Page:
Hebrew and You with Lee M. Fields - Is Gen 1:1 a Subordinate Idea or a Main Clause?
The creation stories in Genesis are fodder for the arguments of Bible believers and skeptics alike. Even Gen 1:1, one of the Bible’s most familiar verses, is not free from dispute on linguistic grounds. The traditional translation is “In the beginning God created the heavens and the earth.”
But alternatives have been offered. Here is a sampling:
At issue structurally is how v. 1 relates to vv. 2 and 3. In the traditional translation, Gen 1:1 is a summary of the creation event and what follows is the details. In the non-traditional translations, v. 1 is a subordinate clause and the main clause is either v. 2 (NRSV) or it is v. 3, with verse 2 being a parenthesis (Tanakh).
At issue theologically is whether (1) God is the only one in existence before the creation of heavens and earth, the traditional interpretation, or (2) God exists with matter before the creation of the heavens and the earth.
In “Hebrew and You,” we are exploring Hebrew grammar and biblical interpretation. There is not time to go into every detail of even Gen 1:3. Many commentaries give good treatments. Here we will discuss the grammar of Gen 1:1 so we can understand the issues involved in translation and interpretation. We will treat the first two words,בְּרֵאשִׁית and בָּרָא, but we will treat them in reverse order.
The verbal component of v. 1 is ברא. The Masoretes, scholars who worked AD 500–1000, developed the Hebrew vowel pointing system most commonly used today to record how they pronounced the text. They pronounced it as בָּרָא (bārāʾ, Qal Perfect 3ms), “he created.” This makes v. 1 a main clause. Most translations follow the Masoretic pronunciation.
In unpointed text and without a context, however, one cannot tell whether the word is to be pronounced בָּרָא, as the Masoretes did, as בְּרֹא (berōʾ, Qal Infinitive Construct), “create,” or as בֹּרֵא (bōrēʾ, Qal Participle ms), “creating.” The non-traditional translations are taking the verb as an infinitive construct (InfC).
An infinitive is a verbal noun (for previous blogs on the InfC, see [Aug 2015, Mar 2016]). This means that it has some characteristics of verbs and some like nouns, and the Hebrew InfC has much in common with the English infinitive. Among its other qualities, the InfC can be in construct with a following substantive (for previous blogs on the construct state, see [July 2014, May 2015]). The non-traditional translations see the InfC as in construct with a subjective genitive, which might literally be translated “the creating of God,” or better, “God’s creating.”
An infinitive, like a finite verb, describes an action, but it has no grammatical subject. It can also take a direct object. In this case there are two direct objects. This makes the phrase mean “God’s creating the heavens and the earth.”
The Prepositional Phrase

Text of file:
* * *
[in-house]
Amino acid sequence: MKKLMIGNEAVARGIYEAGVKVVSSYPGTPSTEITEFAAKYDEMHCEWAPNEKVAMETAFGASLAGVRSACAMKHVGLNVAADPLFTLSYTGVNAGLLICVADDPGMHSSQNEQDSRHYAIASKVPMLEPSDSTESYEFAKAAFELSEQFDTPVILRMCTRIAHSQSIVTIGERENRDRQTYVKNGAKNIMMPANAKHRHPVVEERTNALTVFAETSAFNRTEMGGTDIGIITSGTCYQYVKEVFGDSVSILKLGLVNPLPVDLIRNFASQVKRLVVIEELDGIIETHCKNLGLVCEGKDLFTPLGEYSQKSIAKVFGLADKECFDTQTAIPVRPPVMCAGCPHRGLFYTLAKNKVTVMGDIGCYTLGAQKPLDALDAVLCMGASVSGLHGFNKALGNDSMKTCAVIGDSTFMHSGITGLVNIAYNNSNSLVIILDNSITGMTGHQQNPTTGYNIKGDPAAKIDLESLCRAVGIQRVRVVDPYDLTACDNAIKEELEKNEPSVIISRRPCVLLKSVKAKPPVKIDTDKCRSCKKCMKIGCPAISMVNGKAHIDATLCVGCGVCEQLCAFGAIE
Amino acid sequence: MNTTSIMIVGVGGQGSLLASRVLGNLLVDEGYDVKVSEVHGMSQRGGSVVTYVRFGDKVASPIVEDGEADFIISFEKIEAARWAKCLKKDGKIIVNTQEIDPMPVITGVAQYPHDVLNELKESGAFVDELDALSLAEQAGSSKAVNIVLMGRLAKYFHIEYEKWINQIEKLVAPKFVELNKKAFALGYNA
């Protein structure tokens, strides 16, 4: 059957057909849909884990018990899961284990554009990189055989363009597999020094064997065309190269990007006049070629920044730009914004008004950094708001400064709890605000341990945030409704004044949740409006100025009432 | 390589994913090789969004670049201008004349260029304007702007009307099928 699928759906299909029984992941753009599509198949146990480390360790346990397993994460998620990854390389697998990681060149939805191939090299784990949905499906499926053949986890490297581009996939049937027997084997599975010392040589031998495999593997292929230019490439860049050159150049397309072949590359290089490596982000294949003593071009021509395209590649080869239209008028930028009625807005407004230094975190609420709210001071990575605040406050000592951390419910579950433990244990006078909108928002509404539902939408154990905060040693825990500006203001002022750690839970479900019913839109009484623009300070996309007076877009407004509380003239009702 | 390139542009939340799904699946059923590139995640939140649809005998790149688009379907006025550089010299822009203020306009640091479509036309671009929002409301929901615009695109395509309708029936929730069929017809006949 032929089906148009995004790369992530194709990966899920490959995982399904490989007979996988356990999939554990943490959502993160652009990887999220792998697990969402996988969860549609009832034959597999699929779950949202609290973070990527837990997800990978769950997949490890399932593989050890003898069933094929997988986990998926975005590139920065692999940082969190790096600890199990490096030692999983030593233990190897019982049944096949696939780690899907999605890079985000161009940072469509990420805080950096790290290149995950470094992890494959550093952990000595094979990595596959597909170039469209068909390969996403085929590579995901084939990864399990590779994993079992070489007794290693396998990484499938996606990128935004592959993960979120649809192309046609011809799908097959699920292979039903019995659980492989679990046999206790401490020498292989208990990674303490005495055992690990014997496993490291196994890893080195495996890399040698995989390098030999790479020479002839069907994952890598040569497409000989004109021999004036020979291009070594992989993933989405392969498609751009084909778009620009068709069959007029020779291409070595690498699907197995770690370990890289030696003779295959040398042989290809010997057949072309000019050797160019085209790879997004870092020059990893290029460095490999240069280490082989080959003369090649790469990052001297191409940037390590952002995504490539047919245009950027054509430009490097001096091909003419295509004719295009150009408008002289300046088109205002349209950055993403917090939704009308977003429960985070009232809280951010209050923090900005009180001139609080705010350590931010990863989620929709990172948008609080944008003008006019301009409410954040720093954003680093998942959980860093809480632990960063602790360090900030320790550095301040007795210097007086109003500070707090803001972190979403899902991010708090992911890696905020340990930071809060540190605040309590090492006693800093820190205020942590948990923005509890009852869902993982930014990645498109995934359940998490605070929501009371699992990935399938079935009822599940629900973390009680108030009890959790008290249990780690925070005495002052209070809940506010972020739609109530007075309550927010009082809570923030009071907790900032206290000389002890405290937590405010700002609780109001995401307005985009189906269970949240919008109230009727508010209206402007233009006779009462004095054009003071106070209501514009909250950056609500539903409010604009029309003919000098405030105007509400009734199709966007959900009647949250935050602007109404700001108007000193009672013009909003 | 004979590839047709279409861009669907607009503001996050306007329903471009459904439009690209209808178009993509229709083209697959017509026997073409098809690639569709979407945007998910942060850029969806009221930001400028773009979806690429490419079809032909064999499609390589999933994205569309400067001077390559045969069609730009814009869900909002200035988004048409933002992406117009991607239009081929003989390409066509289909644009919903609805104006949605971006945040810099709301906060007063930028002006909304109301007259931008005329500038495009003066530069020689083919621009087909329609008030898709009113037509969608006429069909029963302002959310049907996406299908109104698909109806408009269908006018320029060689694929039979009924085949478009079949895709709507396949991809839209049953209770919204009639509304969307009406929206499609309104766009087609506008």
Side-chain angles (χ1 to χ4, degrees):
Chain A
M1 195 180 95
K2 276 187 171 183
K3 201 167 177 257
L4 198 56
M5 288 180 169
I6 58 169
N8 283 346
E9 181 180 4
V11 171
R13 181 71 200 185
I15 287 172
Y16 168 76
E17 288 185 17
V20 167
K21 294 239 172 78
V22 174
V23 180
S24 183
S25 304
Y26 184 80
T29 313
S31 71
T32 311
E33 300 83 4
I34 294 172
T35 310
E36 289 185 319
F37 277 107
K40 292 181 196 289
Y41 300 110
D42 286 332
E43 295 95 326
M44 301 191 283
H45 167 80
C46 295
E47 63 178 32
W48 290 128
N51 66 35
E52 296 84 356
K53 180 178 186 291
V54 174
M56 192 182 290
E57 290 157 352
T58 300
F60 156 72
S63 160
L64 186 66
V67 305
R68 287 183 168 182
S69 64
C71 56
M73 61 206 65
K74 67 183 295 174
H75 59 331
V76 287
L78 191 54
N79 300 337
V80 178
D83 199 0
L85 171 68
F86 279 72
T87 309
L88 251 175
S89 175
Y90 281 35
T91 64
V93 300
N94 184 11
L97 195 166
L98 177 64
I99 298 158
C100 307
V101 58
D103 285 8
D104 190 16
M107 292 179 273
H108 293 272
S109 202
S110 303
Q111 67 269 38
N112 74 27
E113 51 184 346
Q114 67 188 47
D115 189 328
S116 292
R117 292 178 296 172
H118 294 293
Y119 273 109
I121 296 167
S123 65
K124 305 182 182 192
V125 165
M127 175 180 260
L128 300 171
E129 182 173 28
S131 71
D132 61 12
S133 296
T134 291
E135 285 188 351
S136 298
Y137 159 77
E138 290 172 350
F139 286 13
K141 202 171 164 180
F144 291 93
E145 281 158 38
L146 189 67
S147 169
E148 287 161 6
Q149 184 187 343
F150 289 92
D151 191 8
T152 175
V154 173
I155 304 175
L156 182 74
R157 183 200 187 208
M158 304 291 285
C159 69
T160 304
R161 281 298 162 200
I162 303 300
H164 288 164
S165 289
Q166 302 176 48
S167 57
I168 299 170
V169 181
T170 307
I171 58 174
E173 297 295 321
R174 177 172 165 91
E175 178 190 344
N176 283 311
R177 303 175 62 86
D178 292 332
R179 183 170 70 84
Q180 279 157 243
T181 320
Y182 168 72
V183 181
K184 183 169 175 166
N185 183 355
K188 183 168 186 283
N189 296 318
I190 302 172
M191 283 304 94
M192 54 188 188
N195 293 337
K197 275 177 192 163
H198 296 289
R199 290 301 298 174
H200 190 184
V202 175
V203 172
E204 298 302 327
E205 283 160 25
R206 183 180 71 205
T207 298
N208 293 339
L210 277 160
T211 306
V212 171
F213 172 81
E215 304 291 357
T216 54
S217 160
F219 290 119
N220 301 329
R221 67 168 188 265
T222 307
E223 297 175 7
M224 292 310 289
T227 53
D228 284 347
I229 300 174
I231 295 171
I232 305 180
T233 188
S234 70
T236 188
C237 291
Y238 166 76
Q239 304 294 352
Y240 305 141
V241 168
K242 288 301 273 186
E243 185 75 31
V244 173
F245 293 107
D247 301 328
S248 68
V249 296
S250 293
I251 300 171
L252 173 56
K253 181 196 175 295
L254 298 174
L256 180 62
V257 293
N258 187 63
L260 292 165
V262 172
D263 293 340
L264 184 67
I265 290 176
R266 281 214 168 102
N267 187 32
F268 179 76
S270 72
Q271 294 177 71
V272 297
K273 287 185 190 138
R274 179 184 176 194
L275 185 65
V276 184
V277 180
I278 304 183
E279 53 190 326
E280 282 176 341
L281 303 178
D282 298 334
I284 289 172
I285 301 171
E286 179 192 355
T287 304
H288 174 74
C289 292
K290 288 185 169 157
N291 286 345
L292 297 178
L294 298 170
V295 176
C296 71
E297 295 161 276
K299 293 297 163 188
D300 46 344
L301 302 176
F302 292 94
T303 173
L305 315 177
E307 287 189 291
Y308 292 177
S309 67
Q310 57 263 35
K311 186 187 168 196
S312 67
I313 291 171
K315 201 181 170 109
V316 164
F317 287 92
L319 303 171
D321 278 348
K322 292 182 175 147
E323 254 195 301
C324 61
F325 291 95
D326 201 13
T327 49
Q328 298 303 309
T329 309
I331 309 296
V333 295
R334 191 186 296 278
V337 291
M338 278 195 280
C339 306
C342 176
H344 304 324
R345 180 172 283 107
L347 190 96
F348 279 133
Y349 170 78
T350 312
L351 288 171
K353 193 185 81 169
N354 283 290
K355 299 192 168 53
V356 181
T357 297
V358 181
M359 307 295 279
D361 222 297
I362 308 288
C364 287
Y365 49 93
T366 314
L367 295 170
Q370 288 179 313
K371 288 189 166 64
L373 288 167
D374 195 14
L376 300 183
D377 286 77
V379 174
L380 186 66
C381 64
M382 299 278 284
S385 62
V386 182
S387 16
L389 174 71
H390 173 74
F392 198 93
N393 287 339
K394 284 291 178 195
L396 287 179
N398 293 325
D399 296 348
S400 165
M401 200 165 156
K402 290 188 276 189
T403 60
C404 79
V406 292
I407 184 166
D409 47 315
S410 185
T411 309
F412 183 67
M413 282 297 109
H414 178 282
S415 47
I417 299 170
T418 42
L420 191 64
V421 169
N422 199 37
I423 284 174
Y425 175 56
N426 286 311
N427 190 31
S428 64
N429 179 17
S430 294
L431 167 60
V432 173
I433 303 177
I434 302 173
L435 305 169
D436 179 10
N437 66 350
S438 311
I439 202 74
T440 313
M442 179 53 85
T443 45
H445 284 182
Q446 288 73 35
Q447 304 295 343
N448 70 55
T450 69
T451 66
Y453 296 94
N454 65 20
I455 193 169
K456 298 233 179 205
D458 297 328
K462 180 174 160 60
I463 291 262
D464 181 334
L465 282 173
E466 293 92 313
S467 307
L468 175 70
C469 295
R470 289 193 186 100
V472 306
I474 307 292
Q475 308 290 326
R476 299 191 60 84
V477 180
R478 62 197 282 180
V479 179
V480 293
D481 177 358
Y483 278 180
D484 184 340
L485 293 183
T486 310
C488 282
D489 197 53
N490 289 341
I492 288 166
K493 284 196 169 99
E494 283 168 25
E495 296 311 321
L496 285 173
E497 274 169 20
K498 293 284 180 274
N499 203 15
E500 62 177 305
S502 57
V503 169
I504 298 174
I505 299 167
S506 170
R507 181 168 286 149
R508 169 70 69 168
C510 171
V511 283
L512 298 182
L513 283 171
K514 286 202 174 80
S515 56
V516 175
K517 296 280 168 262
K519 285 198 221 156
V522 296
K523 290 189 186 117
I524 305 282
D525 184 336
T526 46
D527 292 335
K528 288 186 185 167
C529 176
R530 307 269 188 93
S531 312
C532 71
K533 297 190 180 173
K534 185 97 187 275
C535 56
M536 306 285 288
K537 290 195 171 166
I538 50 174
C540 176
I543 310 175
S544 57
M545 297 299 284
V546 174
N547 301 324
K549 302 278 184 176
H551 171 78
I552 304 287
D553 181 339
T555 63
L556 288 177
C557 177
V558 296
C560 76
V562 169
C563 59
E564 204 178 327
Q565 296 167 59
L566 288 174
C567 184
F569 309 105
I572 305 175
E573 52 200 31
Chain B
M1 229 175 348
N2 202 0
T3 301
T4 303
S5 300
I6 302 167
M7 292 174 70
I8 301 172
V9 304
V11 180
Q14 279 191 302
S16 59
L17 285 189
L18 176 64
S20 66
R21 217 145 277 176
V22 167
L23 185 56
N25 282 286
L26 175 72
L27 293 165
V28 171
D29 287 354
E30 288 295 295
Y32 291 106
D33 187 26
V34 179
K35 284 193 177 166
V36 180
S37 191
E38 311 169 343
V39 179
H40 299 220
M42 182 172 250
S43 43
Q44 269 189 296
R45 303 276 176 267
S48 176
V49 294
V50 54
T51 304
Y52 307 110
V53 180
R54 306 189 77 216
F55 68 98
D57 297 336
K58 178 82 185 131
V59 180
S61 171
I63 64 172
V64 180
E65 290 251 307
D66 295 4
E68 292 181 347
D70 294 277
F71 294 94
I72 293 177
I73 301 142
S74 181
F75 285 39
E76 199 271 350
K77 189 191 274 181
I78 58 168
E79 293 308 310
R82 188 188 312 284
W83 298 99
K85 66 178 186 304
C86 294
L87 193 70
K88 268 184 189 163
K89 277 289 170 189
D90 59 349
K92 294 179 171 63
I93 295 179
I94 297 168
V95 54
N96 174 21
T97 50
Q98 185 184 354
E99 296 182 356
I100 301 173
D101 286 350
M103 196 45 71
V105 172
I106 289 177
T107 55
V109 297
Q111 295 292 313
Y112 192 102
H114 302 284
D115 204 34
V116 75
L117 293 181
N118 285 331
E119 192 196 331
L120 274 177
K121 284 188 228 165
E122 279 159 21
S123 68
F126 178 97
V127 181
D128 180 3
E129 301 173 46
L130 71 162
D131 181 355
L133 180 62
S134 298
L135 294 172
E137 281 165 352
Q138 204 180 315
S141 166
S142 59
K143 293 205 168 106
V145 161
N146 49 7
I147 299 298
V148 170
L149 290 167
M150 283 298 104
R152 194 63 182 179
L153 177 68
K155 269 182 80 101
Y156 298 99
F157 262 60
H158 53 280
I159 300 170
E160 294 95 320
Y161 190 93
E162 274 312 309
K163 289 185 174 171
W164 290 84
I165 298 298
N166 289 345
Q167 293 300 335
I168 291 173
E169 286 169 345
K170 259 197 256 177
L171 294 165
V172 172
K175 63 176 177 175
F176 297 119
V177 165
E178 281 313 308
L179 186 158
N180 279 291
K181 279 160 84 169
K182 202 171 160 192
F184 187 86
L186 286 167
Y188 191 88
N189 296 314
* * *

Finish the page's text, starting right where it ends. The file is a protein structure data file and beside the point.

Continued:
The word בְּרֵאשִׁית is made up of the noun רֵאשִׁית, “beginning,” with the prefixed preposition בְּ, “in.” There are two factors regarding the word בְּרֵאשִׁית, definiteness and state. Hebrew for the Rest of Us, 219, explains,
The first word in Hebrew is a prepositional phrase, בְּרֵאשִׁית, “in (the) beginning.” The Hebrew pointing has no article. Yet a definite beginning seems to be in view. The Lexham Hebrew-English Interlinear Bible, along with some commentators, parses רֵאשִׁית in the [construct] state rather than the absolute state, and suggest the translation “in the beginning of.” … [If all this is true, the] result would be a long construct chain made definite by the tail noun, God. A formal translation would be, “In the beginning of God’s creating the heavens and the earth.”
The traditional translations follow the Masoretic Text understand the noun as definite, even though it is undetermined (on determination see Hebrew for the Rest of Us, ch. 10, especially, pp. 108–109), and as in the absolute state.
So, should we follow the Masoretes’ understanding of Gen 1:1 or not? First, the modern reader must seek to determine if the ancient writer is conforming to contemporary historical literary context or contrasting with them (see commentaries). Second, the Masoretes must be respected. I do not hold that the Masoretes and their vocalization of the text were inspired and inerrant any more than any copyist. However, they knew the language and the Bible. And they preserved ancient pronunciations.
If the ancient writer is contrasting the Lord with other ancient near eastern (ANE) myths and religions, then the traditional understanding is correct. A major contrast has to do with the origins of the gods. Whereas the ANE myths tried to explain how the gods came to be, the Hebrew Bible does not. God simply always was and is, and “the heavens and the earth,” i.e., the universe, has its beginning in God.
If the Bible is correct – and I think that it is – then as Creator the Lord is the master. He alone is the one who makes the rules of right and wrong. We as creatures owe him worship.
Learn more about what Lee M. Fields has to say in Devotions on the Hebrew Bible.
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